Landlords with vacant accommodation are being urgently sought to house Syrian refugees heading for the Highlands this winter.
The council reaffirmed yesterday that the region would welcome “up to 30 families – about 100 refugees” from the war-torn country as part of the UK refugee resettlement programme.
They are expected to reach the Highlands early in the new year.
A council working group has been established involving its officers, NHS Highland, Police Scotland, the Department for Work and Pensions and the voluntary sector.
A representative has also attended briefings with the local authorities’ organisation Cosla as part of a coordinated Scottish response.
A council spokeswoman said house owners wishing to register an available property for consideration should visit the authority’s website.
Council leader Margaret Davidson said: “We’re keen to hear from people who have property available and could assist us in housing refugees when they arrive in the Highlands.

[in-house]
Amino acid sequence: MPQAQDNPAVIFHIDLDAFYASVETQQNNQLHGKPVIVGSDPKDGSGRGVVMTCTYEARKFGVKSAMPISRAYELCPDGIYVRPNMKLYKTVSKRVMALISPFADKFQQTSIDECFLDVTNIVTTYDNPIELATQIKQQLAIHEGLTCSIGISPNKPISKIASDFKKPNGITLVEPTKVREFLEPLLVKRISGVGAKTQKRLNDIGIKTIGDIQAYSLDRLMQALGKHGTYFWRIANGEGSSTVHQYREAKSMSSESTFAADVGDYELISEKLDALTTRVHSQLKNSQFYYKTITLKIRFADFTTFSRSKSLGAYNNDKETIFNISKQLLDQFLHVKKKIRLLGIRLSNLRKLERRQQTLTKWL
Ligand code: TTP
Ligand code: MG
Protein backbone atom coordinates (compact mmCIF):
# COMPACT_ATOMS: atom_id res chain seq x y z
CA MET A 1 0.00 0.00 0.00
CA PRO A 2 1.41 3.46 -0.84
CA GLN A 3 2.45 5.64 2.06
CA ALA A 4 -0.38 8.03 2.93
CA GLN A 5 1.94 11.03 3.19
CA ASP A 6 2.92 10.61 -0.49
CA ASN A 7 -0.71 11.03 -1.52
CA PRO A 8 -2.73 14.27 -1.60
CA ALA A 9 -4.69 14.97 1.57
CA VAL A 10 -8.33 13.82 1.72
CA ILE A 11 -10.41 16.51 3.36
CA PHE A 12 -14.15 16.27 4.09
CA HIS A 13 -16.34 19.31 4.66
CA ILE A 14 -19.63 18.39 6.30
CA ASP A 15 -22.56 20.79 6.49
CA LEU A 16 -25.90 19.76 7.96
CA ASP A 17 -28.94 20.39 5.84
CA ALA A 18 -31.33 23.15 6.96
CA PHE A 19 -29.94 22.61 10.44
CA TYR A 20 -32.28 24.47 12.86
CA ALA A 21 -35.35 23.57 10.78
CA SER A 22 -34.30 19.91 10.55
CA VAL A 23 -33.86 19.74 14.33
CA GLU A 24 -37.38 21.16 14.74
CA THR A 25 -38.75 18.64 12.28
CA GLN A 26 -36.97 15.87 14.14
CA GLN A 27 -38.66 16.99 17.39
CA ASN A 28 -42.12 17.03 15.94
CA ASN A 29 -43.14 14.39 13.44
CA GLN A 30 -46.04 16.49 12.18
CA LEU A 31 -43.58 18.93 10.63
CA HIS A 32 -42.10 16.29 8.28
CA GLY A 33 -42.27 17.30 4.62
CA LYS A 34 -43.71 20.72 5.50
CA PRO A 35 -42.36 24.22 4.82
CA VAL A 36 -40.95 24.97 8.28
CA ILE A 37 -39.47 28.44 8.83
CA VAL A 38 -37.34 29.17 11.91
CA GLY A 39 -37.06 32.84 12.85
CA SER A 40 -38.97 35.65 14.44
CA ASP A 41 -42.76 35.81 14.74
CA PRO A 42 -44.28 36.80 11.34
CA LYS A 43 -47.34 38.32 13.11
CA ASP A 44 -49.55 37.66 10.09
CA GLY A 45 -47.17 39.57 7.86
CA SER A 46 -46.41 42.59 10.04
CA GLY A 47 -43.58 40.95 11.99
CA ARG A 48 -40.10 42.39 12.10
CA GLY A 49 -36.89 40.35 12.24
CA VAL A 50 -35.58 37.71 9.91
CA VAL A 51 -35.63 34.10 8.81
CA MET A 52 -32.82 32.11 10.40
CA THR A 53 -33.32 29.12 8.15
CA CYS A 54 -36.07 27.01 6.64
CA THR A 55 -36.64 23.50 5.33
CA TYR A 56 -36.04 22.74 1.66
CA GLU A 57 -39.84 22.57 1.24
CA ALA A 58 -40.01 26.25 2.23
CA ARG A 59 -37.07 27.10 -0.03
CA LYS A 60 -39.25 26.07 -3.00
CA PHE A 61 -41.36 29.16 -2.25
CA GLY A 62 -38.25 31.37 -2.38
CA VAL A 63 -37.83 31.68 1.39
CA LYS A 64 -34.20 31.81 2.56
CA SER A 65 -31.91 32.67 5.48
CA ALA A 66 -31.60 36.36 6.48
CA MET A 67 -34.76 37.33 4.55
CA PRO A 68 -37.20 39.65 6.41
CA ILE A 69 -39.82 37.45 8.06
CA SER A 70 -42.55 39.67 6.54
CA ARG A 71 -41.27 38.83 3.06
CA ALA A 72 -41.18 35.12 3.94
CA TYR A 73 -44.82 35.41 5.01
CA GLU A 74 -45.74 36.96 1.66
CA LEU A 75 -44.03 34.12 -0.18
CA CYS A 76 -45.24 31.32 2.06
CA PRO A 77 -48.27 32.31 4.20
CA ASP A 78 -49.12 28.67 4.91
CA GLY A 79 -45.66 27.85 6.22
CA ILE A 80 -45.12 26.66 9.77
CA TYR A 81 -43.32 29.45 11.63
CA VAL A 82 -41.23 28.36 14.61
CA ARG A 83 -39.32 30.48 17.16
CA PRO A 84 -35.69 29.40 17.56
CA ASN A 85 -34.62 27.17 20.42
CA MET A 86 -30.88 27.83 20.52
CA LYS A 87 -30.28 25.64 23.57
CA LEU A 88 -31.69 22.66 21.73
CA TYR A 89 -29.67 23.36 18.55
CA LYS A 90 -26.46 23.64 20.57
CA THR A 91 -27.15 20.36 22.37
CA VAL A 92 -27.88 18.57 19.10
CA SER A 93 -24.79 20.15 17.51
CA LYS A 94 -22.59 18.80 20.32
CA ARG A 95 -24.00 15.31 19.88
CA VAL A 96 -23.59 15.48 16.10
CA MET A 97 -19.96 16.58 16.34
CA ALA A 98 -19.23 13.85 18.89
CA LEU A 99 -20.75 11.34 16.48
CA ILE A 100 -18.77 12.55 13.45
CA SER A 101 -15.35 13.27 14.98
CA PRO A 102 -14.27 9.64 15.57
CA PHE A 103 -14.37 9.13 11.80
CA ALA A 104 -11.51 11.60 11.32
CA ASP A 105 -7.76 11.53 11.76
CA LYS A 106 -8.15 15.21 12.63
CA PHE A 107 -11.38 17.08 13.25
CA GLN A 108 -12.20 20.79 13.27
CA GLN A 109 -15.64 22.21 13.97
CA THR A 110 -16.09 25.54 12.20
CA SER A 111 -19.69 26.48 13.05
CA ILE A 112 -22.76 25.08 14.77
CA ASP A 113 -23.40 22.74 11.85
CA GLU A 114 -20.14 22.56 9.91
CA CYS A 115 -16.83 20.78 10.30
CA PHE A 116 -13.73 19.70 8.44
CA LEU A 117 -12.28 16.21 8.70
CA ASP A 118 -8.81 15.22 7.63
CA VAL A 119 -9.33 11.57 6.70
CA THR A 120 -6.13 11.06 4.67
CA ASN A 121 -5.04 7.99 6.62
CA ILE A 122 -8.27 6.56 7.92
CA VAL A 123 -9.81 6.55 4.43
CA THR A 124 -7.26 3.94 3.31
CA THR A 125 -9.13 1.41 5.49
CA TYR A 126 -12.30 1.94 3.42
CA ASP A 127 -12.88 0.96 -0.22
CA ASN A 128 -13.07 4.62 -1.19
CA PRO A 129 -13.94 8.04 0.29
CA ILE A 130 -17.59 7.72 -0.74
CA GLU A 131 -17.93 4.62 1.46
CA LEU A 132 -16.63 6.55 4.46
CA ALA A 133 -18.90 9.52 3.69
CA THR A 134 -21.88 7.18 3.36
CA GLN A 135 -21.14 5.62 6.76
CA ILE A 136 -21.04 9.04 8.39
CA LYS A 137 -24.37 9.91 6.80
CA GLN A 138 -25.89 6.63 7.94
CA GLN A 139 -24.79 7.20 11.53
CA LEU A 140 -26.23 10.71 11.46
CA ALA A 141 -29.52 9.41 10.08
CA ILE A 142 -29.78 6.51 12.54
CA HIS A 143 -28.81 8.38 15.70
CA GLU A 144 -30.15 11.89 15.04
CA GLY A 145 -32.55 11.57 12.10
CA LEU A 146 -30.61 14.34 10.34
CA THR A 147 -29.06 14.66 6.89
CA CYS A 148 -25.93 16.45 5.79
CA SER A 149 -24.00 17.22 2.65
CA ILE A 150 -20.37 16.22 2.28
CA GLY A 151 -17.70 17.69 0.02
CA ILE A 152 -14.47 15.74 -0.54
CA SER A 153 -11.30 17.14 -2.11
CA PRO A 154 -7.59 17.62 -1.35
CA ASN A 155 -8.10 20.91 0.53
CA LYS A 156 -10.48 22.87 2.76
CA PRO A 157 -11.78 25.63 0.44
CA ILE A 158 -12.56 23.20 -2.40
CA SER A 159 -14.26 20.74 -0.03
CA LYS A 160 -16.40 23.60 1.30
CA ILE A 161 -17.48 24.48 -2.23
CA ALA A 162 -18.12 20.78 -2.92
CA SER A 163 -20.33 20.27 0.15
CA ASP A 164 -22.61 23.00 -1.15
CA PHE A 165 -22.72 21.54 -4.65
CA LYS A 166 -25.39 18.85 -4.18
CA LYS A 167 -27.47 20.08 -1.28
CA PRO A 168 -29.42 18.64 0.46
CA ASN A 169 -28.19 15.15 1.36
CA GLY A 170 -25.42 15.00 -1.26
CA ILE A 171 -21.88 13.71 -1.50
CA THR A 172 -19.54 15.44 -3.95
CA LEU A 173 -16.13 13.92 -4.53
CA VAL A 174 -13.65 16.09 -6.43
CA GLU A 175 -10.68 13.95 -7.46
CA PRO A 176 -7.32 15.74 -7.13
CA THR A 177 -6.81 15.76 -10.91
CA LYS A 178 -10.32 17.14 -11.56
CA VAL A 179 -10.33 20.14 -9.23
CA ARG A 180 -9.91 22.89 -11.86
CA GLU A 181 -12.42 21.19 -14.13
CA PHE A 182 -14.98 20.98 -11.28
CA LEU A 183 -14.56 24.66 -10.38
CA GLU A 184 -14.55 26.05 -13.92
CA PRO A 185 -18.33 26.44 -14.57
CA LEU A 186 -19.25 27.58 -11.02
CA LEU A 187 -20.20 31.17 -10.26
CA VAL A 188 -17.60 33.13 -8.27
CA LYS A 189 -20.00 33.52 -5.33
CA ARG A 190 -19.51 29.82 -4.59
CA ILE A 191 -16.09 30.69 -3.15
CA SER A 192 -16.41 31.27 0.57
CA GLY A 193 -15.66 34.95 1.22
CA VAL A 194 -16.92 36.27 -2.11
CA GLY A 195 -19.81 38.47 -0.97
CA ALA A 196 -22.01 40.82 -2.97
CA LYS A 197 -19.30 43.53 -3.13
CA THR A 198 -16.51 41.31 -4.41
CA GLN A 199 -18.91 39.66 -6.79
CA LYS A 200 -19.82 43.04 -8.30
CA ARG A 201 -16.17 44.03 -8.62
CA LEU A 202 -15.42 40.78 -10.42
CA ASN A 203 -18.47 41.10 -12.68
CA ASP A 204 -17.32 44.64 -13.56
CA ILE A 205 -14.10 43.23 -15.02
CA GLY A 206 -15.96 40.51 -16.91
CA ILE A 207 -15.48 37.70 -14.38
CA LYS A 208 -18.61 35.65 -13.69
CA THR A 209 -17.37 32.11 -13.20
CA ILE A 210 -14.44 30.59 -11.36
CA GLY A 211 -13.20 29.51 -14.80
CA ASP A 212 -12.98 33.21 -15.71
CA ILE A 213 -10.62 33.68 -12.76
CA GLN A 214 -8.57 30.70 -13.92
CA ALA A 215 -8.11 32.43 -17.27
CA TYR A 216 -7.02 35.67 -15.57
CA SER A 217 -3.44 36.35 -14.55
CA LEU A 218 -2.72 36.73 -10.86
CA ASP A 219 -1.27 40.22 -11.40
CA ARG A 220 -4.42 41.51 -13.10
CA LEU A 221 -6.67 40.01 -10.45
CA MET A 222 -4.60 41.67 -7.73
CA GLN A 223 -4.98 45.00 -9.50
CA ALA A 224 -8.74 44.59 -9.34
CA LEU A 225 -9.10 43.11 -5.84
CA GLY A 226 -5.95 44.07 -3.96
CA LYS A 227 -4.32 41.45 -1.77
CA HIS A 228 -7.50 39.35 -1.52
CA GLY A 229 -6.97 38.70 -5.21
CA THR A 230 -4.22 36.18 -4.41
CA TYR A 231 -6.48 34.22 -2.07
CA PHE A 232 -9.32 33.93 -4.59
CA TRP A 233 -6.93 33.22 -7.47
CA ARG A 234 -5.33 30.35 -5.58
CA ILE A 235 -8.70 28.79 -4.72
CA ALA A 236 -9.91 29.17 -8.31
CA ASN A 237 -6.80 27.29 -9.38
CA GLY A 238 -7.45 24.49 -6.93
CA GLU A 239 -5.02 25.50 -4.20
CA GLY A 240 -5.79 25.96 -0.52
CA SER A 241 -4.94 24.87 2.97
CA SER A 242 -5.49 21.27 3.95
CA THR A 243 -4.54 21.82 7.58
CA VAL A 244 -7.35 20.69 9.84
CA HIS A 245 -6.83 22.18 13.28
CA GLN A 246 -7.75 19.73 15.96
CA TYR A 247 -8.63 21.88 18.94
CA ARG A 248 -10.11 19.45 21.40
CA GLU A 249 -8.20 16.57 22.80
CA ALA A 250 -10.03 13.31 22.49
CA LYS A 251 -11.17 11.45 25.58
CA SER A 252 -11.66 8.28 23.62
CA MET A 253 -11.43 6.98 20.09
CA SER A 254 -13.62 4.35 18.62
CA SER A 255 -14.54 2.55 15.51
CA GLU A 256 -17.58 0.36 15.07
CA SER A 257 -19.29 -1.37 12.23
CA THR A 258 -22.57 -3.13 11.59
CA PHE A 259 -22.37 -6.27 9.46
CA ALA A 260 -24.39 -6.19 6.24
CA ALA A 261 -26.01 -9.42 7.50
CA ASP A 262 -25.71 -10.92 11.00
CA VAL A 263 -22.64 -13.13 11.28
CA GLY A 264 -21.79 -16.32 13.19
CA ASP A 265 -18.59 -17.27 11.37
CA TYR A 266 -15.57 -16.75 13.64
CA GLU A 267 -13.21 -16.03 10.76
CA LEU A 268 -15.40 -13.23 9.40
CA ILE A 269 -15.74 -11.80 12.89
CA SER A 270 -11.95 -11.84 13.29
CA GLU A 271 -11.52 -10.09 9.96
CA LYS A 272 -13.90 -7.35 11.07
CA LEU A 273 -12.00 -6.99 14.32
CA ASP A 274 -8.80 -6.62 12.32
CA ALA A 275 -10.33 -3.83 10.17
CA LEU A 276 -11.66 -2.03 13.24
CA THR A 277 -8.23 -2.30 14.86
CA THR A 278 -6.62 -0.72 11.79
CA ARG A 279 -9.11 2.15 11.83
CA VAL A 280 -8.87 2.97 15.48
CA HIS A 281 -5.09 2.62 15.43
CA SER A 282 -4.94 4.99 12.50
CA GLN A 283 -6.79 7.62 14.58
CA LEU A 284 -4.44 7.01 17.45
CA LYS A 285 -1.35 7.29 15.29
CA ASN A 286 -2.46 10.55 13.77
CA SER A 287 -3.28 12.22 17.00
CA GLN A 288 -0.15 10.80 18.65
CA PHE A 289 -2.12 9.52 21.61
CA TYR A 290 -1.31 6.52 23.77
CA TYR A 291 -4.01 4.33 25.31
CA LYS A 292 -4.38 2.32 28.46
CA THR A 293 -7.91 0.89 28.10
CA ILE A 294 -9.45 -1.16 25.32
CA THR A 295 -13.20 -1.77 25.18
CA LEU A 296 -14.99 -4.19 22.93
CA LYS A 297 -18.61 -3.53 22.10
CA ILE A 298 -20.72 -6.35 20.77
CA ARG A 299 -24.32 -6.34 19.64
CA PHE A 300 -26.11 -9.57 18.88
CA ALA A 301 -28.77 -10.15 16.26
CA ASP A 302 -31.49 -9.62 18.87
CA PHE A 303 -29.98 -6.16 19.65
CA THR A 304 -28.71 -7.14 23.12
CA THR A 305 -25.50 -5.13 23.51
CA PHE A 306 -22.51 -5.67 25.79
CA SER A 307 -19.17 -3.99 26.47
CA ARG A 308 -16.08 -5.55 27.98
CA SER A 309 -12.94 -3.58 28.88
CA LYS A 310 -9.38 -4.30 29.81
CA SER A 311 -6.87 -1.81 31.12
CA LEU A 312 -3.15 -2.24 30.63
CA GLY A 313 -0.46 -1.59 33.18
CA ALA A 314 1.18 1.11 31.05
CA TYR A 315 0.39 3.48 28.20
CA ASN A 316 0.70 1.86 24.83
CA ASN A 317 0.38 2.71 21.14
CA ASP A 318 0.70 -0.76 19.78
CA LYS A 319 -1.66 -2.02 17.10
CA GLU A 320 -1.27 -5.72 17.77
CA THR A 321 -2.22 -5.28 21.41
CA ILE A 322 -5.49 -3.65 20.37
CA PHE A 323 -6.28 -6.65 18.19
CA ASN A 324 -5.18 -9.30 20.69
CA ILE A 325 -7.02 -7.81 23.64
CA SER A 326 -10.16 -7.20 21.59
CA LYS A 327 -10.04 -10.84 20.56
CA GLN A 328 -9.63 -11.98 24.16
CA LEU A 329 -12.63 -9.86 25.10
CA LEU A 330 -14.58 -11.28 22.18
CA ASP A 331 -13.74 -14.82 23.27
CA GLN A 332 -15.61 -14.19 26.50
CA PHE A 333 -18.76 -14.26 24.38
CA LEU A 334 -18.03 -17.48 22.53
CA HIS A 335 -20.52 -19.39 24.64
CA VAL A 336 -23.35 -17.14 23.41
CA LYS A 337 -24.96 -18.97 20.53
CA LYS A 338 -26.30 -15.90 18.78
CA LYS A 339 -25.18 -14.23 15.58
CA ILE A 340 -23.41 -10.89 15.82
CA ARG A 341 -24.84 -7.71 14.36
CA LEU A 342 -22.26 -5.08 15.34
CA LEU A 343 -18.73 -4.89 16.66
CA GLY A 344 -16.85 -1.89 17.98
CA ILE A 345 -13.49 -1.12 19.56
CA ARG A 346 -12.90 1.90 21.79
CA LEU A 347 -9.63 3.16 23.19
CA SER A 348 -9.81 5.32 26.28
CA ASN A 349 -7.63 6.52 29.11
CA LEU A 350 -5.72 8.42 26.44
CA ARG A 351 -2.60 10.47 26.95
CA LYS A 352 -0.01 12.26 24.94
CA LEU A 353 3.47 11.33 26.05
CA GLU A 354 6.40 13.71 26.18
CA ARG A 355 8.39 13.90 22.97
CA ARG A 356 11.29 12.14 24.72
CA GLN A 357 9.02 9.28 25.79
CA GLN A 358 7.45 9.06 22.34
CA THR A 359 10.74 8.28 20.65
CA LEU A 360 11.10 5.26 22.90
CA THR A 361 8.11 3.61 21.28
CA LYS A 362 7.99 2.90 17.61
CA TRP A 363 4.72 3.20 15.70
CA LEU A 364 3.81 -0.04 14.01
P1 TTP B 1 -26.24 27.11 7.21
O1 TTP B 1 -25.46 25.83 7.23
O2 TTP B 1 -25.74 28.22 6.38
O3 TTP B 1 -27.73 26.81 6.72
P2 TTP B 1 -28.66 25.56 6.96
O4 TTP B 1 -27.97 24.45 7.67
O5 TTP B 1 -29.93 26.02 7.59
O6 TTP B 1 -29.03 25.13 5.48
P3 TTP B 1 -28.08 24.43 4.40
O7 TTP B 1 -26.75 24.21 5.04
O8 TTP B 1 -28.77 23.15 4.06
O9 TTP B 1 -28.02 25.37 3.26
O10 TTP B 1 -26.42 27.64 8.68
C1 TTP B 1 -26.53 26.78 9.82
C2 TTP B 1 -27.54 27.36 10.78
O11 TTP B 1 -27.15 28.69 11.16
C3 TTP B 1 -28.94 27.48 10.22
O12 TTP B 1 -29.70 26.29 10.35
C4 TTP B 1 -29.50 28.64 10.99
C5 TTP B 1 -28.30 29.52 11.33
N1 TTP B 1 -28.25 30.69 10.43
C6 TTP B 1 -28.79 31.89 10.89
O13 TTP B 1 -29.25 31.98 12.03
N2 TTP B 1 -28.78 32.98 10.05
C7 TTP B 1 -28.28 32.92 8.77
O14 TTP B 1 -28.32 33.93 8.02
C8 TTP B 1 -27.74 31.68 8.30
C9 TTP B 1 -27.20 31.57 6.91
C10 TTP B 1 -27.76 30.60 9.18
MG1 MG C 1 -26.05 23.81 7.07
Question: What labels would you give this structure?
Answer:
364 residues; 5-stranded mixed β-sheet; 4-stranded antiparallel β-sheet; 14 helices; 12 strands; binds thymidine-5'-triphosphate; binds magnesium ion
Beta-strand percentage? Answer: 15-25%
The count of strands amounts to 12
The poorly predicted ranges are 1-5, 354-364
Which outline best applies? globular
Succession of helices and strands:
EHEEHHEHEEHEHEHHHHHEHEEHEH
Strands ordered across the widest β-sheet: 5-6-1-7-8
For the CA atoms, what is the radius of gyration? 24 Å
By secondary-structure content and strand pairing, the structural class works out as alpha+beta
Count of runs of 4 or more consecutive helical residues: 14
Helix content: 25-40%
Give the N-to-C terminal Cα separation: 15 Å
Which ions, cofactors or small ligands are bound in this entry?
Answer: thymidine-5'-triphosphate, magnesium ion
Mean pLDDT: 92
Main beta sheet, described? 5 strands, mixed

“Ideally, we’re interested in property that is available for longer term rentals.
“We will have to match up available housing with other essential services, so we might not be able to use every property offered. But we would be pleased to hear from you. We will provide more detailed information and advice to people who register their properties on our website.”
The precise timing of refugee arrivals in the north will be guided by the UK Government.
Inverness SNP councillor and former soldier Allan Duffy told yesterday’s full council meeting in Inverness that Prime Minister David Cameron had “taken on board” his suggestion, in a letter, that redundant military barracks around the UK be made available for refugee use for educational purposes.
“The key thing is we must not take our eyes away from the people already on our housing allocation that are waiting to be homed as well,” he said.
Fellow city councillor Ken MacLeod, a descendant of a family that suffered as a result of the Highland Clearances, was among several members promising a warm reception for the displaced Syrians.
“A lot of the refugees are people from a rural environment and, my goodness, have we got a rural environment that could do with an injection in the Highlands,” he said.